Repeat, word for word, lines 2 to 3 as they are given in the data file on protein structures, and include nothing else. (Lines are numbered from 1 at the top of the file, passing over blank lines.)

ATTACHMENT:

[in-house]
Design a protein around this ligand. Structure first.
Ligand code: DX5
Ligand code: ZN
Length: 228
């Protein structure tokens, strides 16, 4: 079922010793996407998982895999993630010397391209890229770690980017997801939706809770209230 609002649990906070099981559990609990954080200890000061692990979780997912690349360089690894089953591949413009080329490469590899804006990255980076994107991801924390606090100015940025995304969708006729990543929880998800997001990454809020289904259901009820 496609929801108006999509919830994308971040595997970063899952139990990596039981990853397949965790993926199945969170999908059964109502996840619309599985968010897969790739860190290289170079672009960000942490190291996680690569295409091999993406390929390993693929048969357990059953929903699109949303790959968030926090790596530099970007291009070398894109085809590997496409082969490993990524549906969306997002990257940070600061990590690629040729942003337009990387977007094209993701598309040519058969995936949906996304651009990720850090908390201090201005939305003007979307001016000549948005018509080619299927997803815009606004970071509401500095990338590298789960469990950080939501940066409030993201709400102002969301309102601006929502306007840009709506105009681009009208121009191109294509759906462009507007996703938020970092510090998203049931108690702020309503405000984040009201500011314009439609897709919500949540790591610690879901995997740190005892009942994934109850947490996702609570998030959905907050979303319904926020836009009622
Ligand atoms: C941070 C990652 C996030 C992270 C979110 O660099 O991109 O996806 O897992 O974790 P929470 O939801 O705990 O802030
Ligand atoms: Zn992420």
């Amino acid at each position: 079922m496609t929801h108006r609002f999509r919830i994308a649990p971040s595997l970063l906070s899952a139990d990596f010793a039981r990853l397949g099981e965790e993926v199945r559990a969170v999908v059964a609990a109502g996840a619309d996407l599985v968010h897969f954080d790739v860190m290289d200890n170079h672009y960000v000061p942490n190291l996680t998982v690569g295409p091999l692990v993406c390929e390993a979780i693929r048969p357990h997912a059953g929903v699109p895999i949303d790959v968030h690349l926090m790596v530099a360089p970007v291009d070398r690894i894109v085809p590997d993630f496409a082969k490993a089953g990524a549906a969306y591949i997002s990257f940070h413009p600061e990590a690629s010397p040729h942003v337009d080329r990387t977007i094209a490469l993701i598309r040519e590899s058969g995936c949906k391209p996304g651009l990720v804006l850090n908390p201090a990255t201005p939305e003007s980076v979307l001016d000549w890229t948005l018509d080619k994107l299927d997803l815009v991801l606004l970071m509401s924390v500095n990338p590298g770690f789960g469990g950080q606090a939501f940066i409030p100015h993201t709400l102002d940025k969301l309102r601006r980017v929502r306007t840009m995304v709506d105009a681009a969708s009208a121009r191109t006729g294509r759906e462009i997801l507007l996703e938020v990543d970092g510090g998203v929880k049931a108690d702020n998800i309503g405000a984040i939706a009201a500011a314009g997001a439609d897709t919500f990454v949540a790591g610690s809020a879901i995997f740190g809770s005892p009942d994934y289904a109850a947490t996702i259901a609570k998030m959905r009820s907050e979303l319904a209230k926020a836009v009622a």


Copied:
Design a protein around this ligand. Structure first.
Ligand code: DX5